Rose hips

Christian Bucher
Gwichya Gwich'in Name: 
Teetł’it Gwich’in Name:: 
Latin Name: 
Rosa acicularis
As food
After the showy pink flowers bloom in June and July, the fruit develop into red berries called rose hips. The red berries are best picked and eaten when they are ripe in August and September. Remember to spit out the seeds before swallowing or you will quickly learn why rose hips are called “itchy bums!” Rose hips can also be fried and eaten. Boiled rose hips can be mashed and strained through a cheese cloth to remove the seeds. The strained juice can then be made into jam, jelly, or syrup. In early summer, green rose hips can be picked, boiled and strained to make a thickening agent, like Certo. Green rose hip juice can either be used immediately or stored in jars for later use.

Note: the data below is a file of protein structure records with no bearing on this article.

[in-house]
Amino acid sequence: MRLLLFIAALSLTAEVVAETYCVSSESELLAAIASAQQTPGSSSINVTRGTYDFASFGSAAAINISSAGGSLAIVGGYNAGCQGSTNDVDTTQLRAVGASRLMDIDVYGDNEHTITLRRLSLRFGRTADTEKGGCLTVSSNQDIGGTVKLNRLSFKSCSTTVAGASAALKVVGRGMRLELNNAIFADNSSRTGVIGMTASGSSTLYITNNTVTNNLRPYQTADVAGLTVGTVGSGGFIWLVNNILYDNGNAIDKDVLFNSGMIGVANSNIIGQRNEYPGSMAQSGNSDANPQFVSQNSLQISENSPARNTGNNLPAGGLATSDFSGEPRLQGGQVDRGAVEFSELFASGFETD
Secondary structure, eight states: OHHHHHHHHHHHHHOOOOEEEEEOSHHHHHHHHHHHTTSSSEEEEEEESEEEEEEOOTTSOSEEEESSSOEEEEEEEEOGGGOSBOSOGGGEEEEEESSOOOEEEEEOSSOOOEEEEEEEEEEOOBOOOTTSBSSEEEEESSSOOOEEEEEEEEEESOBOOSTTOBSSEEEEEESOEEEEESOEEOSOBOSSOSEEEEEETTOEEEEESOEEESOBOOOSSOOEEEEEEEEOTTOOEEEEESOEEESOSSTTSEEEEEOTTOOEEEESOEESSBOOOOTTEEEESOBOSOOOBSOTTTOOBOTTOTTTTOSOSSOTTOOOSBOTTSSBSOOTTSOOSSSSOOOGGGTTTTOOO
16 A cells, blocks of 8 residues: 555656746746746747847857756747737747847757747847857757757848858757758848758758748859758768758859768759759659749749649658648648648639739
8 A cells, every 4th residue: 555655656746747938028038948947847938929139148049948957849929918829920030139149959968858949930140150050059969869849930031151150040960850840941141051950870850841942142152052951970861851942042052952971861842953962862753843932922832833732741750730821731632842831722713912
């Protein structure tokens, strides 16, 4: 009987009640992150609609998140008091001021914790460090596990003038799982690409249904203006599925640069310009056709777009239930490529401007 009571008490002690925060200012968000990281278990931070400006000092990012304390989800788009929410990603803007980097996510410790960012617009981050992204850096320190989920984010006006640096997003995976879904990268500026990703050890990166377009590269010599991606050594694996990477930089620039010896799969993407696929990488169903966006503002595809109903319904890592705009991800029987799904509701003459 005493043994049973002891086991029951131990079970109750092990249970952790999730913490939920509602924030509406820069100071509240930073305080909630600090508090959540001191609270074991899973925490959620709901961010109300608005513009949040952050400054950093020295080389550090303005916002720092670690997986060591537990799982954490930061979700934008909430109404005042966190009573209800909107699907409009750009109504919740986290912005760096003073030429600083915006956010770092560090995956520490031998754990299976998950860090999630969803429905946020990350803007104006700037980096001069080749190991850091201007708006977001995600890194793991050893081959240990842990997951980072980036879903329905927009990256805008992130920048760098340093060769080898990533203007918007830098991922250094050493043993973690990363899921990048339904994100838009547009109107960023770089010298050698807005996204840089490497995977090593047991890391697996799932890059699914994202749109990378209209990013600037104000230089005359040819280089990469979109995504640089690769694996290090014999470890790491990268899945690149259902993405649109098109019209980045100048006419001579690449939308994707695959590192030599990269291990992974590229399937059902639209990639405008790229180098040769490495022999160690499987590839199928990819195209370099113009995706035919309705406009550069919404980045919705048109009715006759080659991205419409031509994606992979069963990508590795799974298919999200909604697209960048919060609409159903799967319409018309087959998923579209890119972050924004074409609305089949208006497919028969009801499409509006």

As medicine
Rose hips are an excellent source of vitamin C and make a good cold remedy. Fresh rose hips can be eaten for relief from summer colds. For a winter supply, they can be dried, frozen, or boiled and strained to make a juice that can be stored in jars. Annie Norbert was told by Louis Cardinal that rose hips are good for the heart. Laura Pascal (COPE) used boiled petals for heat rash and cuts.
Source: Andre, Alestine and Alan Fehr, Gwich'in Ethnobotany, 2nd ed. (2002)
Storing Berries
They kept berries in birch baskets. When they picked berries they wanted to keep them. They got birch and made it into a basket by sewing it with skinny willow bark from along the shore. After it was finished they put berries in it and made a lid and sewed it on. After that they dug a hole in the ground under moss where there was permafrost. They covered it and in the fall time, when it froze, they dug it up.
- Mary Francis (COPE, d)